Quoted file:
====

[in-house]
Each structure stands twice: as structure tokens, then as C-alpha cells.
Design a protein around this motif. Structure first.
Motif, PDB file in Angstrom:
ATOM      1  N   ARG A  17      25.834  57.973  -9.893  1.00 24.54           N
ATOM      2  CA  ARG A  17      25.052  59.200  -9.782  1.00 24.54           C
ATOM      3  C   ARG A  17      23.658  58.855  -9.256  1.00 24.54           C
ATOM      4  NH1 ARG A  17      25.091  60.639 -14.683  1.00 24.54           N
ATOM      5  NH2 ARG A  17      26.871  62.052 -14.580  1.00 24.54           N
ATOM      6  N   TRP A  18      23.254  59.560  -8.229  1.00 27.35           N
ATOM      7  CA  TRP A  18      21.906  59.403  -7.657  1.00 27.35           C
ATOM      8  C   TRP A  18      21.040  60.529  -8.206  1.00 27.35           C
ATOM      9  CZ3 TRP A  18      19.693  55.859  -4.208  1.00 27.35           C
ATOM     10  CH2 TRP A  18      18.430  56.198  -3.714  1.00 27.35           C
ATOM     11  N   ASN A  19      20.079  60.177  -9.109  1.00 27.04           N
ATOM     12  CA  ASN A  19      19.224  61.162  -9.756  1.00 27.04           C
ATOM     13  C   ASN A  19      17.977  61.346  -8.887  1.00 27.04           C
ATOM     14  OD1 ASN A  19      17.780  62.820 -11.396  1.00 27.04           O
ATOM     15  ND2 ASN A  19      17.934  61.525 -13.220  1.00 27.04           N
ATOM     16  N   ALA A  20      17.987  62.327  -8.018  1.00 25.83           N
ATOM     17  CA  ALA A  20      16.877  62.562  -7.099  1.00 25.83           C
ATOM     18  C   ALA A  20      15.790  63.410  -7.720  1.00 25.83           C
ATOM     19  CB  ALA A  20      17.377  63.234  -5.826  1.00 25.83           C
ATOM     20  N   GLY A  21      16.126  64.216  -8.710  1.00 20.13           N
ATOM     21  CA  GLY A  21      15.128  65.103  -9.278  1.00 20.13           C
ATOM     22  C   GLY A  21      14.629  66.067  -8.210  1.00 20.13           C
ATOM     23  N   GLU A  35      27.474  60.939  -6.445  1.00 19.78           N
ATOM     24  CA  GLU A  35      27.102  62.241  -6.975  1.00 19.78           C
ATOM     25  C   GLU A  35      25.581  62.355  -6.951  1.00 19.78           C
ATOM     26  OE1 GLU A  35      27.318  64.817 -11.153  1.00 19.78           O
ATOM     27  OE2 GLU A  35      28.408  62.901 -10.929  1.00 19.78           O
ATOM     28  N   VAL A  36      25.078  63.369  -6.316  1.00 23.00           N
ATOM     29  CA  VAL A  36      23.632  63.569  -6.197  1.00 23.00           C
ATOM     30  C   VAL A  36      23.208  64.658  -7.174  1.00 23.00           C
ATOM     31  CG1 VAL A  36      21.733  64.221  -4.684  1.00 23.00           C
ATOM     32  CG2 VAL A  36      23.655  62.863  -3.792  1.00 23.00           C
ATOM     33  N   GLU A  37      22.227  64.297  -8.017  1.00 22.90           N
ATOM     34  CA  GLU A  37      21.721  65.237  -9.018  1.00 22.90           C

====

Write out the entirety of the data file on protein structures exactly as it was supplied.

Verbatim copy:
[in-house]
Each structure stands twice: as structure tokens, then as C-alpha cells.
Design a protein around this motif. Structure first.
Motif, PDB file in Angstrom:
ATOM      1  N   ARG A  17      25.834  57.973  -9.893  1.00 24.54           N
ATOM      2  CA  ARG A  17      25.052  59.200  -9.782  1.00 24.54           C
ATOM      3  C   ARG A  17      23.658  58.855  -9.256  1.00 24.54           C
ATOM      4  NH1 ARG A  17      25.091  60.639 -14.683  1.00 24.54           N
ATOM      5  NH2 ARG A  17      26.871  62.052 -14.580  1.00 24.54           N
ATOM      6  N   TRP A  18      23.254  59.560  -8.229  1.00 27.35           N
ATOM      7  CA  TRP A  18      21.906  59.403  -7.657  1.00 27.35           C
ATOM      8  C   TRP A  18      21.040  60.529  -8.206  1.00 27.35           C
ATOM      9  CZ3 TRP A  18      19.693  55.859  -4.208  1.00 27.35           C
ATOM     10  CH2 TRP A  18      18.430  56.198  -3.714  1.00 27.35           C
ATOM     11  N   ASN A  19      20.079  60.177  -9.109  1.00 27.04           N
ATOM     12  CA  ASN A  19      19.224  61.162  -9.756  1.00 27.04           C
ATOM     13  C   ASN A  19      17.977  61.346  -8.887  1.00 27.04           C
ATOM     14  OD1 ASN A  19      17.780  62.820 -11.396  1.00 27.04           O
ATOM     15  ND2 ASN A  19      17.934  61.525 -13.220  1.00 27.04           N
ATOM     16  N   ALA A  20      17.987  62.327  -8.018  1.00 25.83           N
ATOM     17  CA  ALA A  20      16.877  62.562  -7.099  1.00 25.83           C
ATOM     18  C   ALA A  20      15.790  63.410  -7.720  1.00 25.83           C
ATOM     19  CB  ALA A  20      17.377  63.234  -5.826  1.00 25.83           C
ATOM     20  N   GLY A  21      16.126  64.216  -8.710  1.00 20.13           N
ATOM     21  CA  GLY A  21      15.128  65.103  -9.278  1.00 20.13           C
ATOM     22  C   GLY A  21      14.629  66.067  -8.210  1.00 20.13           C
ATOM     23  N   GLU A  35      27.474  60.939  -6.445  1.00 19.78           N
ATOM     24  CA  GLU A  35      27.102  62.241  -6.975  1.00 19.78           C
ATOM     25  C   GLU A  35      25.581  62.355  -6.951  1.00 19.78           C
ATOM     26  OE1 GLU A  35      27.318  64.817 -11.153  1.00 19.78           O
ATOM     27  OE2 GLU A  35      28.408  62.901 -10.929  1.00 19.78           O
ATOM     28  N   VAL A  36      25.078  63.369  -6.316  1.00 23.00           N
ATOM     29  CA  VAL A  36      23.632  63.569  -6.197  1.00 23.00           C
ATOM     30  C   VAL A  36      23.208  64.658  -7.174  1.00 23.00           C
ATOM     31  CG1 VAL A  36      21.733  64.221  -4.684  1.00 23.00           C
ATOM     32  CG2 VAL A  36      23.655  62.863  -3.792  1.00 23.00           C
ATOM     33  N   GLU A  37      22.227  64.297  -8.017  1.00 22.90           N
ATOM     34  CA  GLU A  37      21.721  65.237  -9.018  1.00 22.90           C